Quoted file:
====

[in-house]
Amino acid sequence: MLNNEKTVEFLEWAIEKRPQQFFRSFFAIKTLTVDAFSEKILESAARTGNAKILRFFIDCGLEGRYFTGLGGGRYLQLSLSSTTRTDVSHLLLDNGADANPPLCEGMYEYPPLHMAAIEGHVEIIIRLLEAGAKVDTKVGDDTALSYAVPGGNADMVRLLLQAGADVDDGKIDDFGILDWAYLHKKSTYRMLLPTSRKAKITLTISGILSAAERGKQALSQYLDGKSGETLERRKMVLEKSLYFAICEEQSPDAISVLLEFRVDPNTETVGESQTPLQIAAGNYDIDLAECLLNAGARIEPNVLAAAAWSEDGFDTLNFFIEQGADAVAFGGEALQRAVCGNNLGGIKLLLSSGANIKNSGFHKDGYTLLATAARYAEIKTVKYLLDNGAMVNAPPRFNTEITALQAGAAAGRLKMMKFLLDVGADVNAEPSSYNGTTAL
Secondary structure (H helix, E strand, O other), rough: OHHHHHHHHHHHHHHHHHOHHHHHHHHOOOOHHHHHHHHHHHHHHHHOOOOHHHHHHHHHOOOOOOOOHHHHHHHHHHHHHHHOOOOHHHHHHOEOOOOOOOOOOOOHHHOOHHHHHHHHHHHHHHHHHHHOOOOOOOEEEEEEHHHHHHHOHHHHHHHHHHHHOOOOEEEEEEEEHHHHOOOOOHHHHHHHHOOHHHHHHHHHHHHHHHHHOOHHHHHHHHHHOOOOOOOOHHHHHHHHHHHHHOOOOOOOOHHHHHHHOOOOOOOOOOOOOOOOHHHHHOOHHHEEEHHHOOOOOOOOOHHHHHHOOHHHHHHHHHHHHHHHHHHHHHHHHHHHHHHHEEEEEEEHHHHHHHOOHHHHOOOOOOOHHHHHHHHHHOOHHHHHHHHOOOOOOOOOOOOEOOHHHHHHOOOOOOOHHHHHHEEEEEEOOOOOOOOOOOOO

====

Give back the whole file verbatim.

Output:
[in-house]
Amino acid sequence: MLNNEKTVEFLEWAIEKRPQQFFRSFFAIKTLTVDAFSEKILESAARTGNAKILRFFIDCGLEGRYFTGLGGGRYLQLSLSSTTRTDVSHLLLDNGADANPPLCEGMYEYPPLHMAAIEGHVEIIIRLLEAGAKVDTKVGDDTALSYAVPGGNADMVRLLLQAGADVDDGKIDDFGILDWAYLHKKSTYRMLLPTSRKAKITLTISGILSAAERGKQALSQYLDGKSGETLERRKMVLEKSLYFAICEEQSPDAISVLLEFRVDPNTETVGESQTPLQIAAGNYDIDLAECLLNAGARIEPNVLAAAAWSEDGFDTLNFFIEQGADAVAFGGEALQRAVCGNNLGGIKLLLSSGANIKNSGFHKDGYTLLATAARYAEIKTVKYLLDNGAMVNAPPRFNTEITALQAGAAAGRLKMMKFLLDVGADVNAEPSSYNGTTAL
Secondary structure (H helix, E strand, O other), rough: OHHHHHHHHHHHHHHHHHOHHHHHHHHOOOOHHHHHHHHHHHHHHHHOOOOHHHHHHHHHOOOOOOOOHHHHHHHHHHHHHHHOOOOHHHHHHOEOOOOOOOOOOOOHHHOOHHHHHHHHHHHHHHHHHHHOOOOOOOEEEEEEHHHHHHHOHHHHHHHHHHHHOOOOEEEEEEEEHHHHOOOOOHHHHHHHHOOHHHHHHHHHHHHHHHHHOOHHHHHHHHHHOOOOOOOOHHHHHHHHHHHHHOOOOOOOOHHHHHHHOOOOOOOOOOOOOOOOHHHHHOOHHHEEEHHHOOOOOOOOOHHHHHHOOHHHHHHHHHHHHHHHHHHHHHHHHHHHHHHHEEEEEEEHHHHHHHOOHHHHOOOOOOOHHHHHHHHHHOOHHHHHHHHOOOOOOOOOOOOEOOHHHHHHOOOOOOOHHHHHHEEEEEEOOOOOOOOOOOOO